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Sony Patent Reveals Biometric PS3 Controller And Handheld

Way back at E3 2009, Nintendo announced the Wii Vitality Sensor, an accessory players would clip on their fingers to feed biometric data (specifically the blood-oxygen saturation level of your index finger) into a video game. Plans for the Vitality Sensor have been put on ice since the device has difficulty performing with consistent results.

 

Perhaps, Sony will get the jump on biometric controls? A patent application reveals their possible plans for a biometric controller and handheld with specifications similar to the upcoming PlayStation Vita.

 

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The patent also has design schematics for a biometric DualShock3 controller and PlayStation Move style wand.

 

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Sony’s proposed devices will measure three biometric factors: galvanic skin resistance, electrocardio data, and electro-muscular data or in plain English – how moist your skin is, your heart rhythm, and muscle movements. All of this information will be sent into a video game by simply holding a controller or handheld. How are games going to use this? Sony has a list of ideas in the patent application.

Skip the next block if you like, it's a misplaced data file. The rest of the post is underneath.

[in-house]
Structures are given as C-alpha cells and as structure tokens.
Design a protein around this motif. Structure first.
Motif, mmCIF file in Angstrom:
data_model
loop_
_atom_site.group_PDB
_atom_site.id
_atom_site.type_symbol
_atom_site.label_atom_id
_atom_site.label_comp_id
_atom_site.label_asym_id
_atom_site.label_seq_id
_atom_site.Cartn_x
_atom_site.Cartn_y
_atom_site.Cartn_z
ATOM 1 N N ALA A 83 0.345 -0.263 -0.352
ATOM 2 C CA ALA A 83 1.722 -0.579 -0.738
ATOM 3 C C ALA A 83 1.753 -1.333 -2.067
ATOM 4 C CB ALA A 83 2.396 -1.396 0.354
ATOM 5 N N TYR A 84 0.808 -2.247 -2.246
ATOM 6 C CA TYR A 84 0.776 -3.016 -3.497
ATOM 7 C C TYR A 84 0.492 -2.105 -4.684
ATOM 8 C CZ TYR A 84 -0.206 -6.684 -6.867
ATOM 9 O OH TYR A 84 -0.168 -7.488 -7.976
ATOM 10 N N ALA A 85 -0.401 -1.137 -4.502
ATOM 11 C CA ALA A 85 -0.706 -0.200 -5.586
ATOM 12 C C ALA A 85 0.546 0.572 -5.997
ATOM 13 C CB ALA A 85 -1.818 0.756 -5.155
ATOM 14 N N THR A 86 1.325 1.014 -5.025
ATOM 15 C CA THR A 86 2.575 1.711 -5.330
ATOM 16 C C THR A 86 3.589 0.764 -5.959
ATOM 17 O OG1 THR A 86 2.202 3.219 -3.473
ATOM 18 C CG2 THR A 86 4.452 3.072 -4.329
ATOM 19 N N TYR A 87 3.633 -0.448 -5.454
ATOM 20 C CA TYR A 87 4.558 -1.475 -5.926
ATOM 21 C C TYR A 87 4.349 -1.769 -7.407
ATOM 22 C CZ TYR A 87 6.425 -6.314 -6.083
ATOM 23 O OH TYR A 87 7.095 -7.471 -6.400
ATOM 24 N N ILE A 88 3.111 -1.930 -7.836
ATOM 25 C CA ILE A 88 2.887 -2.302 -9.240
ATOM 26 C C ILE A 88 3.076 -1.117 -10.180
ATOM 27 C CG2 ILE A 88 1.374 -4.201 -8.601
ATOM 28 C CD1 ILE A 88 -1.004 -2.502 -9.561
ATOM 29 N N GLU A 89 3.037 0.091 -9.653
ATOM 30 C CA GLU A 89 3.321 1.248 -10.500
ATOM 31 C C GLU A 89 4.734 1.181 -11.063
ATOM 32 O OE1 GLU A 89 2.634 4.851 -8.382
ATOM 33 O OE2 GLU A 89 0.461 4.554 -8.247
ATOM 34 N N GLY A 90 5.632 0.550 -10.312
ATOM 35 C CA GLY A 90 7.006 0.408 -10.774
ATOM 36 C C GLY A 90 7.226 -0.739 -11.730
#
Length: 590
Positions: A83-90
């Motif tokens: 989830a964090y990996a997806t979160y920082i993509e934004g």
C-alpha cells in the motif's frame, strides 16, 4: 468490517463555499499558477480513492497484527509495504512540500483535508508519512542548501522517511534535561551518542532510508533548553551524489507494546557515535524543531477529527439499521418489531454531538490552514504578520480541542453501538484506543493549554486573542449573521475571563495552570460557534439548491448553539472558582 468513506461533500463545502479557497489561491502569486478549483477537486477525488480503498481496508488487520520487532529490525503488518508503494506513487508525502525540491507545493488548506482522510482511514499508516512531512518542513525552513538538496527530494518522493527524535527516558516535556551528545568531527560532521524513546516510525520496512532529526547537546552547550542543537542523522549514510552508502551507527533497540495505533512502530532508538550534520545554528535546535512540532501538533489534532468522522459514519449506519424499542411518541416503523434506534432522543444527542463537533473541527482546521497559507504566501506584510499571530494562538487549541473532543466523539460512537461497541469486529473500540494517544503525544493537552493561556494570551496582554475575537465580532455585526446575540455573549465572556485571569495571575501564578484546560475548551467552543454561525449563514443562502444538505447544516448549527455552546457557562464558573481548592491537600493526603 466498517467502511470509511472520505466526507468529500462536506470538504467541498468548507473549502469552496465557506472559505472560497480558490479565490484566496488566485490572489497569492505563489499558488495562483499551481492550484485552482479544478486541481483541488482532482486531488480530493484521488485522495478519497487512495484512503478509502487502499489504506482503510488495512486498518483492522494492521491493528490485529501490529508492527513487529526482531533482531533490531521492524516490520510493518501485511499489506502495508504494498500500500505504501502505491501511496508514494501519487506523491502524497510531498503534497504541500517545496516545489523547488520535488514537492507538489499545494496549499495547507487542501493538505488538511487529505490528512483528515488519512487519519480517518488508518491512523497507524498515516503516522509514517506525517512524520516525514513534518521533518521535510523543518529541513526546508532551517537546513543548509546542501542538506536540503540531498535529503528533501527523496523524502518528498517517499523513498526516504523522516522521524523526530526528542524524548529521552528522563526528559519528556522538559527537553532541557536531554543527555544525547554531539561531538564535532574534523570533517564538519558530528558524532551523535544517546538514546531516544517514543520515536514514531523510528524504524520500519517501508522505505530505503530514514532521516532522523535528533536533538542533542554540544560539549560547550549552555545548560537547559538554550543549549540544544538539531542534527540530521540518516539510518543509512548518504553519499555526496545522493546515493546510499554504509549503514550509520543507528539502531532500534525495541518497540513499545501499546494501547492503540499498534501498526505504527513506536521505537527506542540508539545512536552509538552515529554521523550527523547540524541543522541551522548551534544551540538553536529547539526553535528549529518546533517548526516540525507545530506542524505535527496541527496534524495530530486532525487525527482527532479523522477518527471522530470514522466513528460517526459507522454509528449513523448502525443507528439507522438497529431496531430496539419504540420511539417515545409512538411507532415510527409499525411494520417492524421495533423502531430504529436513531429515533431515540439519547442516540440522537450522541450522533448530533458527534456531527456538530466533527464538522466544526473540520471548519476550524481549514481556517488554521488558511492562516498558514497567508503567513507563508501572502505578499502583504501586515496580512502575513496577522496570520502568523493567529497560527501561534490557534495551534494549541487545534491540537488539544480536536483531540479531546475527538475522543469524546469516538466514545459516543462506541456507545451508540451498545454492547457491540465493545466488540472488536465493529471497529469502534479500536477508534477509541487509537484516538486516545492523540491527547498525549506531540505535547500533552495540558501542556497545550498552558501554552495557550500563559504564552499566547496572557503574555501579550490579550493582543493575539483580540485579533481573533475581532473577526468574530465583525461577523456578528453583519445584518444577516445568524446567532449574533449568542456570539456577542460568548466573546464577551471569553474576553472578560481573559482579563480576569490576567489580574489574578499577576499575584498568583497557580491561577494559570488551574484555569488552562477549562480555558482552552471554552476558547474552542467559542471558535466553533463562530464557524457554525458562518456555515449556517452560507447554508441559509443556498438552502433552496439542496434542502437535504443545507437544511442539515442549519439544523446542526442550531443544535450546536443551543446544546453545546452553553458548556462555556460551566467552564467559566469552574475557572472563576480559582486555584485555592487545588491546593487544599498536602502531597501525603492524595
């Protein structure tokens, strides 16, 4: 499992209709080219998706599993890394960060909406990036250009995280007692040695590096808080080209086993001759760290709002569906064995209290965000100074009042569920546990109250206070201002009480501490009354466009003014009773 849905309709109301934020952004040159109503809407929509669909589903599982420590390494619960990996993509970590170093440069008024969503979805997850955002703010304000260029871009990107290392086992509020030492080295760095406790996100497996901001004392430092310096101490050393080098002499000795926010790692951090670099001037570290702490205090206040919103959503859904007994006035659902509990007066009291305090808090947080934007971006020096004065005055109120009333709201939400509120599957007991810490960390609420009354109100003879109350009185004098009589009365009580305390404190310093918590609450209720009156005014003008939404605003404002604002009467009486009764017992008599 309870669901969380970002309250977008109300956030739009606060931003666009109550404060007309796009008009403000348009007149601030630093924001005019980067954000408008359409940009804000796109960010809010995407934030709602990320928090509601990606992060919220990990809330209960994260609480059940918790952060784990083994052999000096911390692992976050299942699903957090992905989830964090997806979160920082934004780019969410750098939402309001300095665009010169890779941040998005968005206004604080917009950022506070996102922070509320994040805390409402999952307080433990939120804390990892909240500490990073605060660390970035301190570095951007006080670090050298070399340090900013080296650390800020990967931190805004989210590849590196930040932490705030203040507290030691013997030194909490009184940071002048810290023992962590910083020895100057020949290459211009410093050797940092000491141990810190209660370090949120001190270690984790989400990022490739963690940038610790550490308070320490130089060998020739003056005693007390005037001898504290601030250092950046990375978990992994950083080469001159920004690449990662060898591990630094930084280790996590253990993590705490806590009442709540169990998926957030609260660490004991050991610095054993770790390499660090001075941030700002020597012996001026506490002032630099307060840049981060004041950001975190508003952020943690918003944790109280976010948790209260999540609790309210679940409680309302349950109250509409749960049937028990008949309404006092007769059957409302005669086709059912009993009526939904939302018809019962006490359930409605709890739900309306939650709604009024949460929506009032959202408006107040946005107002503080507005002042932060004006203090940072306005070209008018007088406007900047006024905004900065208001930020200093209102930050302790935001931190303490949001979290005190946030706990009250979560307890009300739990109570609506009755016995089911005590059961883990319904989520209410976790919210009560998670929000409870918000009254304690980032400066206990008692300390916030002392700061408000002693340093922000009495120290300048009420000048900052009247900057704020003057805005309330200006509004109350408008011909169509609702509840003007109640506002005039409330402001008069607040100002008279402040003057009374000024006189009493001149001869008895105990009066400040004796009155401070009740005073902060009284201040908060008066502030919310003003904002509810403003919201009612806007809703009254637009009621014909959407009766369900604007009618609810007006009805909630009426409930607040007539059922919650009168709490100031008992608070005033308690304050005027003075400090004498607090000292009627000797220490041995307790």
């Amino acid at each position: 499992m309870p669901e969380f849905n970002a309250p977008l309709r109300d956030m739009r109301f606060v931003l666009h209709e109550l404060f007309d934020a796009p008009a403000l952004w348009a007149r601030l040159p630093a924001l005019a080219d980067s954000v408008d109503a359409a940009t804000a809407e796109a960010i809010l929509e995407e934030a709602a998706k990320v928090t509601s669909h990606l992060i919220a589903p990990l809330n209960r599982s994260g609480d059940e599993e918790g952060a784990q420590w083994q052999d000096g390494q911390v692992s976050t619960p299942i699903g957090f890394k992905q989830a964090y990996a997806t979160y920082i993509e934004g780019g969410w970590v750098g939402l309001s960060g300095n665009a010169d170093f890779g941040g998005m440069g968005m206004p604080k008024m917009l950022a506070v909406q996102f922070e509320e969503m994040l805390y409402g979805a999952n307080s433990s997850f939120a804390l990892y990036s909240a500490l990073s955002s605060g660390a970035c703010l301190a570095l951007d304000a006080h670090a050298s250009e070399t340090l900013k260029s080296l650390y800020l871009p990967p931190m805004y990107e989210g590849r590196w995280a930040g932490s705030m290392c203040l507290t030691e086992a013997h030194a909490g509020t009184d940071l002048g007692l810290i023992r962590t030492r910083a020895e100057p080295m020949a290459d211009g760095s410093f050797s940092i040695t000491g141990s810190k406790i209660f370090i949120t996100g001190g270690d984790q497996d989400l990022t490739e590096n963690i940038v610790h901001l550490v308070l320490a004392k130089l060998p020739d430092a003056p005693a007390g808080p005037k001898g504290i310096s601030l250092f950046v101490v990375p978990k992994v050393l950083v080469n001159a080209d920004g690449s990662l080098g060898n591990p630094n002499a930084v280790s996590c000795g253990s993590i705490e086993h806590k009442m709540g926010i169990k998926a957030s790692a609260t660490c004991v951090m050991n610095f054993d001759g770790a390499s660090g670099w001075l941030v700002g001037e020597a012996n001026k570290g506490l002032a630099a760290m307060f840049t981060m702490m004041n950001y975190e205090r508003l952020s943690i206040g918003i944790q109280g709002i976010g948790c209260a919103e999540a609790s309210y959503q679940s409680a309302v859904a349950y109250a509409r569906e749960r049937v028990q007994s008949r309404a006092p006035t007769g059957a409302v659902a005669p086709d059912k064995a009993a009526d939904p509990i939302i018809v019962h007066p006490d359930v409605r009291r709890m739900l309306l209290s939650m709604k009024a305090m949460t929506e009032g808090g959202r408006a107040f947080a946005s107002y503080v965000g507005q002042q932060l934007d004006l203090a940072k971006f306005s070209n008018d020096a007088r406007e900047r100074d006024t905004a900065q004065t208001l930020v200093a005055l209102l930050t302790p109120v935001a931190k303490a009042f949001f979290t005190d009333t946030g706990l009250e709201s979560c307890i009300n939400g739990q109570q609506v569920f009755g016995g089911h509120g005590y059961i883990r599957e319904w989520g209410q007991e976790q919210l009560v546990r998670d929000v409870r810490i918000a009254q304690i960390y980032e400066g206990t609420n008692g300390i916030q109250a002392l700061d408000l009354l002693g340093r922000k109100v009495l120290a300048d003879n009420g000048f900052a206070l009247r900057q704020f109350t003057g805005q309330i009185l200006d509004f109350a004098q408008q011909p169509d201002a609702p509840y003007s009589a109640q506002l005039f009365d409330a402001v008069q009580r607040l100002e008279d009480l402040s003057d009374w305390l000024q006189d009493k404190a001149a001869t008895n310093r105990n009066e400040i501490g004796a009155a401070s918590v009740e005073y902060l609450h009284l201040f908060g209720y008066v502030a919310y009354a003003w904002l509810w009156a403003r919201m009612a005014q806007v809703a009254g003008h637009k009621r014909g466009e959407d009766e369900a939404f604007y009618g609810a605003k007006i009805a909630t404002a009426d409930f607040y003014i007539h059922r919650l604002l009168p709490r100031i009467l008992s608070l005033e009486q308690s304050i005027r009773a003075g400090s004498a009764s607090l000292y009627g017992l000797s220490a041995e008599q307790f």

• Weapons that change depending on how stressed you are. An increase in stress level could make a weapon more accurate or less steady, which will make it difficult to target an enemy. Sony specifically mentions a sniper situation where the weapon becomes more steady if you’re relaxed.
  • Tensing up your muscles to withstand an attack or charge up a shield.
  • A video game character whose facial expressions, movements, posture, and even voice changes depending on your biometric data. For example, this character will sweat when a player is nervous.
  • An adrenaline style boost which will let you run faster, jump higher, and punch harder when stressed.
  • A health bar that depletes more rapidly if you have a high stress level.
  • An attack button that changes a character’s move depending if the player is stressed or relaxed.
  • Background music and scenery that changes depending on your stress level. Matching music is one example, but Sony also proposes to change music to make a player more relaxed. Brightness of objects and the zoom level, representing a higher level of focus, are two ideas for scenery.
  • A game that adapts difficulty levels depending on a players stress level.

 

Which idea do you think has the most potential as a game mechanic?

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